Walk of the week: Rhymer’s Stone and Trimontium, Newstead near Melrose

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THOMAS the Rhymer was an interesting man. Entranced by the Queen of the Fairies beneath the Eildon tree, he was taken away to fairyland in the 13th century.

On his return, several years later – though he thought he had been gone just a few days – he had apparently acquired the ability to forsee the future. It makes a good tale to add to the rich fabric of history, both factual and mythical, that surrounds Melrose.

It all started way before the fairies were even heard of. Iron Age man thought the Eildon Hills a good place for fort-building 3,000 years ago, then came the Romans.

Much is made of the Trimontium fort, and its location on farmland is a good place for a stroll, above the River Tweed. Interpretation panels help us understand the complex, built by Agricola’s forces – in truth, without them you would struggle to know the Romans had ever been near the place. But the history of the area, together with legends of fairies, make this an almost timeless place to visit.

DISTANCE 3 miles.


TIME 1½ to 2 hours.

MAP OS Landranger 73.

PARKING Drive into Newstead from the A6091, a mile east of Melrose. Take the first right, then go right again to park on a lane blocked to traffic after 100 yards, next to an NHS Borders building.

IN SUMMARY Head back down the lane, then down Newstead’s Main Street. At the bottom of the hill, go left, up Claymires Lane. At the top, go right to follow a path that turns left to pass below an old railway line and through an underpass. After emerging from this, go through the left gate of two and follow a track upwards. The track bears right to continue up in a fairly straight line to reach a road.

Go left to walk past a barrier that stops traffic and after about 100 yards go left, on to a muddy grass path between hedges. Just before the start of the path is a memorial to Thomas the Rhymer and a stone marking where the Eildon Tree is said to have stood. At the end of the hedges, go straight on at a junction of tracks, past a couple of pines to drop down.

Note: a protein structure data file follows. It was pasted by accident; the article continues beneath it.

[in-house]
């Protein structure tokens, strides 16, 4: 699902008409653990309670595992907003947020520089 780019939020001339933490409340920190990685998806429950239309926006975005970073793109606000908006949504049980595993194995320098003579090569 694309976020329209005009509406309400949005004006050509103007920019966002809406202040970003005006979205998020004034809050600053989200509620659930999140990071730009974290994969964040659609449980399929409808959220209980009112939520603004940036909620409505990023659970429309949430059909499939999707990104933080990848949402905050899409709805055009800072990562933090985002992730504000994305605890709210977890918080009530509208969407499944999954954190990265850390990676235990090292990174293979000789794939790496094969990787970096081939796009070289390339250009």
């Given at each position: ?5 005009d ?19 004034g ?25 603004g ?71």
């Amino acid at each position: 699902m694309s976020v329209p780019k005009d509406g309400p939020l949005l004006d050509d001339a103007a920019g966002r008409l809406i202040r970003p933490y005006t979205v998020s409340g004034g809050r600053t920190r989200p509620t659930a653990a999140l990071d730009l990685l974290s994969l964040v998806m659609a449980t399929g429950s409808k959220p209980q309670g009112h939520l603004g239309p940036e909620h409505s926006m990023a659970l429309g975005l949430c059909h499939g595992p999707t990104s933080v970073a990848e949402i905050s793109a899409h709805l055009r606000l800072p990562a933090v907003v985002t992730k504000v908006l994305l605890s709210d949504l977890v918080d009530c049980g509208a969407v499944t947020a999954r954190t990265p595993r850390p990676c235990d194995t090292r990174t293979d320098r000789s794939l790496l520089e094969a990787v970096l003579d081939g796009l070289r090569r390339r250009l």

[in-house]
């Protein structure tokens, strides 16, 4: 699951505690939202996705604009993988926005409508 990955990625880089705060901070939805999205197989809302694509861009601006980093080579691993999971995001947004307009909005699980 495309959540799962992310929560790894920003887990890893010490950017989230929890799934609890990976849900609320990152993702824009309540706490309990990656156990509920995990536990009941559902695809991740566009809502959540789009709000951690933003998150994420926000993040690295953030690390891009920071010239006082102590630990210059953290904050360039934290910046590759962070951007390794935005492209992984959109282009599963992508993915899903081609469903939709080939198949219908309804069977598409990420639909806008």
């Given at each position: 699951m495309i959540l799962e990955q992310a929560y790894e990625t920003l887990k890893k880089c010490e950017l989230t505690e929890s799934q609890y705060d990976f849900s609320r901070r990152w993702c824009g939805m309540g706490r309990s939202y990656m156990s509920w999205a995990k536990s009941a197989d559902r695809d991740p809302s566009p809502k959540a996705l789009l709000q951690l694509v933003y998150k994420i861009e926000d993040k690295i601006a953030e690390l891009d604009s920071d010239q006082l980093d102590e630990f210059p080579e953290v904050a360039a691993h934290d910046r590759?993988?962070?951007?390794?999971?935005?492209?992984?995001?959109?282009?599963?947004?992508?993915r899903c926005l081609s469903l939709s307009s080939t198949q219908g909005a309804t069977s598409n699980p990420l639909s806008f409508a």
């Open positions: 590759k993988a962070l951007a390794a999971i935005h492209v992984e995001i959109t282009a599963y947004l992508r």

At the bottom of the hill, carefully cross the A6091 and follow a track on the other side. Go through a farmyard, then up a slope to the right before turning left, on to a former railway line. At an information panel telling you about the Roman fort, cross a stile to the left, then go right, along the edge of a field. On reaching a road, take a detour to the right for a view of the bridges over the Tweed. To return to the start, go left, up the road, past more panels and a large memorial stone marking the fort.

REFRESHMENTS There is nowhere to eat at the start of the walk, so had to Melrose, where there is a great choice – including Marmions Brasserie (www.marmionsbrasserie.co.uk).

WHILE YOU ARE IN THE AREA Melrose Abbey (www.historic-scotland.gov.uk) is the place where the heart of Robert the Bruce is thought to be buried. The Three Hills Roman Heritage Centre (www.trimontium.org.uk), which stands on the Square in Melrose, is full of interesting history and reopens for the season in April. The new visitor centre at Abbotsford House (www.scottsabbotsford.co.uk), home of Sir Walter Scott, is now open, with the house due to re-open this summer.

Twitter: @ScotlandWalk